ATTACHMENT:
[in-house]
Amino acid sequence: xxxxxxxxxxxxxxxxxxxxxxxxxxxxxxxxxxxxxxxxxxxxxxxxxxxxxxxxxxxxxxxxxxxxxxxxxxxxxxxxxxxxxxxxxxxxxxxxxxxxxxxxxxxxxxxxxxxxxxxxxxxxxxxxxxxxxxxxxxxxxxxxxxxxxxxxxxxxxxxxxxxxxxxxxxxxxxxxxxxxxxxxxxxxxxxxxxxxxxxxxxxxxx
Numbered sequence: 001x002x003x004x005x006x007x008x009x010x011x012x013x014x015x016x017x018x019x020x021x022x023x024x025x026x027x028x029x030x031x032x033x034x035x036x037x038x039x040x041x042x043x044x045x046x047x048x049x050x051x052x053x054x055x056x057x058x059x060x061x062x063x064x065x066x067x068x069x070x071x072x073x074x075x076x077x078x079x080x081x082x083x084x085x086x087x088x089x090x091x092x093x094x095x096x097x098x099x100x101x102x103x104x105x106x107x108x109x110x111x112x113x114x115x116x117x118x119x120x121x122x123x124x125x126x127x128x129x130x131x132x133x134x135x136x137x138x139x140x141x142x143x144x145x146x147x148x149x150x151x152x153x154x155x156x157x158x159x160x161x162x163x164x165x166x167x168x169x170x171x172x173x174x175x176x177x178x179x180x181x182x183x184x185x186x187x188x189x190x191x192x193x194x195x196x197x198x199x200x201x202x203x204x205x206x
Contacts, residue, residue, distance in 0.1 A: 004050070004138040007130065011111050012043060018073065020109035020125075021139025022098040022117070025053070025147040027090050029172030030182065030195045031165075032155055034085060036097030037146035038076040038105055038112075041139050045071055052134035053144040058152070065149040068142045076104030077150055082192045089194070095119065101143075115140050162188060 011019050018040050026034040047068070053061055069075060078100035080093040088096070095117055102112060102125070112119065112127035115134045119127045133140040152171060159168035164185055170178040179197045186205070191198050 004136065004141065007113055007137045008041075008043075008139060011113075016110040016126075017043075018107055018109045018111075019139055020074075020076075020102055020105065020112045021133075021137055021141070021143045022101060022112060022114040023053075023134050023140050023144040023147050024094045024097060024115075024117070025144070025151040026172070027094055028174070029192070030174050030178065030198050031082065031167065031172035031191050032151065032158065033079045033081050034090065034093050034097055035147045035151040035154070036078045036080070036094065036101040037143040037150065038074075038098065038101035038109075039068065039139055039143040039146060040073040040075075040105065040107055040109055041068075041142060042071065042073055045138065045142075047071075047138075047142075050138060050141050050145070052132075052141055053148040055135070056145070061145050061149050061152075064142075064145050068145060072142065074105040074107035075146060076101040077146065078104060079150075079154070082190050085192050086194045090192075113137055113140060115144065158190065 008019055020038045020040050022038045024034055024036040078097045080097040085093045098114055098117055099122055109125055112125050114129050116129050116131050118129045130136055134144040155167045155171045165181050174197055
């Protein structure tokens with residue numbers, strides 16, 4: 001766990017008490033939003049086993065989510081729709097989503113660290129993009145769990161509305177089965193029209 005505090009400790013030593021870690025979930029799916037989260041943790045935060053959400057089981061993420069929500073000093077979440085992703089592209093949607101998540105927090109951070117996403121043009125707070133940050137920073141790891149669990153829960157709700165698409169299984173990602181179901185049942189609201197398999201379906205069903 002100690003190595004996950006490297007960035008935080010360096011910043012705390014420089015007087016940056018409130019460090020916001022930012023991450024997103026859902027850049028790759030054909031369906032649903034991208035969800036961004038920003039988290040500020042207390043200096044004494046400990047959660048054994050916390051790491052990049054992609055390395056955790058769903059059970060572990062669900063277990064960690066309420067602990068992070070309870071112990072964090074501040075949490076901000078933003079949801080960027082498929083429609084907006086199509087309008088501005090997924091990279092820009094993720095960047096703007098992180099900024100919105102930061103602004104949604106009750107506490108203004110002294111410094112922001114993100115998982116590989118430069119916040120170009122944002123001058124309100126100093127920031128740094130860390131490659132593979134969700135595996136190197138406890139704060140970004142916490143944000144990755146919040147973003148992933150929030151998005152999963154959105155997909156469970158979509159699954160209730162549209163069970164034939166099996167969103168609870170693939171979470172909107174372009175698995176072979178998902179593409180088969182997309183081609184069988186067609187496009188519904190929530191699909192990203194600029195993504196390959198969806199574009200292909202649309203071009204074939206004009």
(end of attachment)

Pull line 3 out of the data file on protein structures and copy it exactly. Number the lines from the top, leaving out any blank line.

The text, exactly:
Numbered sequence: 001x002x003x004x005x006x007x008x009x010x011x012x013x014x015x016x017x018x019x020x021x022x023x024x025x026x027x028x029x030x031x032x033x034x035x036x037x038x039x040x041x042x043x044x045x046x047x048x049x050x051x052x053x054x055x056x057x058x059x060x061x062x063x064x065x066x067x068x069x070x071x072x073x074x075x076x077x078x079x080x081x082x083x084x085x086x087x088x089x090x091x092x093x094x095x096x097x098x099x100x101x102x103x104x105x106x107x108x109x110x111x112x113x114x115x116x117x118x119x120x121x122x123x124x125x126x127x128x129x130x131x132x133x134x135x136x137x138x139x140x141x142x143x144x145x146x147x148x149x150x151x152x153x154x155x156x157x158x159x160x161x162x163x164x165x166x167x168x169x170x171x172x173x174x175x176x177x178x179x180x181x182x183x184x185x186x187x188x189x190x191x192x193x194x195x196x197x198x199x200x201x202x203x204x205x206x